Pictured: NYC Pedestrian strikings, 2011–2013, with red representing intersections with fatalities.
In January 2013, I joined Barnard-Columbia Design for America, part of a national network of student organizations that use human-centered design to help tackle problems that face their local communities.
My first DFA team decided to work on improving pedestrian safety, specifically at the intersection of 96th Street and Broadway. Mayor DeBlasio had recently launched New York City's Vision Zero initiative to eliminate traffic fatalities, and the intersection in question had recently been the scene of three separate pedestrian deaths.
To learn more I dug into the NYPD Motor Vehicle Collisions dataset (which at the time was a bunch of tables in PDF form, which was not fun), and I was able to visualize how widespread the issue was (see above).
Having established the severity and extent of the issue, my team went out into the field at 96th Street and Broadway. It is a large intersection, with the multiple lanes of traffic on Broadway divided by medians on either side of 96th. The southern median includes the entrance to the subway station, which generates a lot of incoming and outgoing foot traffic. We observed the intersection extensively, and compared it to the more standard intersection nearby at 96th Street and Amsterdam Avenue.
We noticed that pedestrians crossing on the north side of 96th and Broadway would often get stranded at the median. They would then try to get to the subway stop on the other side of 96th Street by crossing in the middle of the intersection, where their path would come into conflict with turning vehicles.
The NYPD, prompted by the recent pedestrian deaths, had apparently noticed the same pattern. Their attempt at a solution was to put up barriers along the median so as to deter would-be jaywalkers. All that seemed to do was temporarily annoy pedestrians, who would climb over the barriers and cross the street regardless.
After going over our observations and generating several potential solutions, we settled on one that we felt would have the largest impact to effort ratio. If the pedestrians insisted on acting as if there was a crosswalk in the middle of the intersection, the human-centered solution was to put a crosswalk there! It was a classic case of a [desire path](http://99percentinvisible.org/article/least-resistance-desire-paths-can-lead-better-design/ "desire path overview"), but with higher stakes.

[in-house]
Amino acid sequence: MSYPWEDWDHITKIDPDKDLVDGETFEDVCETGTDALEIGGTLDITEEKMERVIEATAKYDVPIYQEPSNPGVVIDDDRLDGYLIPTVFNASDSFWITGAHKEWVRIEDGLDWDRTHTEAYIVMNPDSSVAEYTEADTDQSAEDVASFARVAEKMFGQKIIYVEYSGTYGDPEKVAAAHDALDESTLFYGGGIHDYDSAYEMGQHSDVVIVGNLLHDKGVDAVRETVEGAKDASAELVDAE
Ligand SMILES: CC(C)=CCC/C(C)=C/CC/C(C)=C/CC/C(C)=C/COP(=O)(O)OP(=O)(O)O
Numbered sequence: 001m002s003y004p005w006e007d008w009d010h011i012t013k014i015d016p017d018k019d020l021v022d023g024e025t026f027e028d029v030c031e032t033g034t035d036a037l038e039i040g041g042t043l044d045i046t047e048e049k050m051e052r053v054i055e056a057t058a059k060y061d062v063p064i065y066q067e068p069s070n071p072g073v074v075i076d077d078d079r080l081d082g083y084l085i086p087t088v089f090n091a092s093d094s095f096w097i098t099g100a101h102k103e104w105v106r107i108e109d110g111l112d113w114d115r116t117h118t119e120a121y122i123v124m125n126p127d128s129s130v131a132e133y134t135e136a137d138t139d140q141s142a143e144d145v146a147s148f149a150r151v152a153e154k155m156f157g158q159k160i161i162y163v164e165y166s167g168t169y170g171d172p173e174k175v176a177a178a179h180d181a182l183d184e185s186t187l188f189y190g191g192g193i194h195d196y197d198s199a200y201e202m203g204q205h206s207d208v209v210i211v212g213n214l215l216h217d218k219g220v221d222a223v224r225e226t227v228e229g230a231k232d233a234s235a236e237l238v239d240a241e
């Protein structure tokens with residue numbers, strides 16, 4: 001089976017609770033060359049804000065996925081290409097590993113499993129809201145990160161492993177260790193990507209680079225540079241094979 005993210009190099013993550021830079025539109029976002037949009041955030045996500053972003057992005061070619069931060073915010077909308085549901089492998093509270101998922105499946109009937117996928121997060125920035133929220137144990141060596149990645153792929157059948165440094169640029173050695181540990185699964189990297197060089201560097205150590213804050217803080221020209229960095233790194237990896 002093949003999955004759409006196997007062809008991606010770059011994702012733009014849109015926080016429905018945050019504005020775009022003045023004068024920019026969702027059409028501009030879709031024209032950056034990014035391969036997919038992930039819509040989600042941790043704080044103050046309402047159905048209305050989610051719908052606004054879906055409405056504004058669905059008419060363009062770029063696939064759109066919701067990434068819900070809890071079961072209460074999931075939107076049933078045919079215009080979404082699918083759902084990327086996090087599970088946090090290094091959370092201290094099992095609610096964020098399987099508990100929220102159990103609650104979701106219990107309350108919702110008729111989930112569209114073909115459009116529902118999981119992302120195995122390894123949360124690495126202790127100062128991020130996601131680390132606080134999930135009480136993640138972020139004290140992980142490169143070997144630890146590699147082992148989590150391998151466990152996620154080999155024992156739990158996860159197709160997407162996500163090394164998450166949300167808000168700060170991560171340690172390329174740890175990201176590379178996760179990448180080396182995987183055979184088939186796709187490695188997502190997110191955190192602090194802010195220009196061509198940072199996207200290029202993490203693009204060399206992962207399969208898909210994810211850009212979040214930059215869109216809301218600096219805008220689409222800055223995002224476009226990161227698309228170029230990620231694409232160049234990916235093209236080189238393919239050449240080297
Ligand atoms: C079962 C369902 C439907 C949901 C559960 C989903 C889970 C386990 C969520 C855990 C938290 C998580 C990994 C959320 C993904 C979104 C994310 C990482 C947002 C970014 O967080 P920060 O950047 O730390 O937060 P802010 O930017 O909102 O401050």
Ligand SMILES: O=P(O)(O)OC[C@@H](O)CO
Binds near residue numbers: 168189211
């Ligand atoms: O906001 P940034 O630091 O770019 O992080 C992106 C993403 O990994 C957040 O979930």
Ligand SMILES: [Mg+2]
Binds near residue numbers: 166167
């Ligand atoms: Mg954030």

The Story So Far:
A few days after coming to this conclusion, we received a Google News Alert about the intersection. The New York City Department of Transportation had just proposed our exact solution to the community board, and would be moving forward with it soon.
Rendering of the crosswalk from the announcement, along with some temporary traffic police to enforce the new traffic pattern:
It was a fantastic moment for the intersection, and a moment of validation for our team. If we could spend a few hours at a broken intersection and come to the same conclusion as a team of professionals, we must have been doing something right. I was especially struck by how well the process of observing the users directly to decide on a course of action worked. While it may have been a relatively straightforward issue, it was the perfect demonstration of how human-centered design works for someone who was just discovering the field.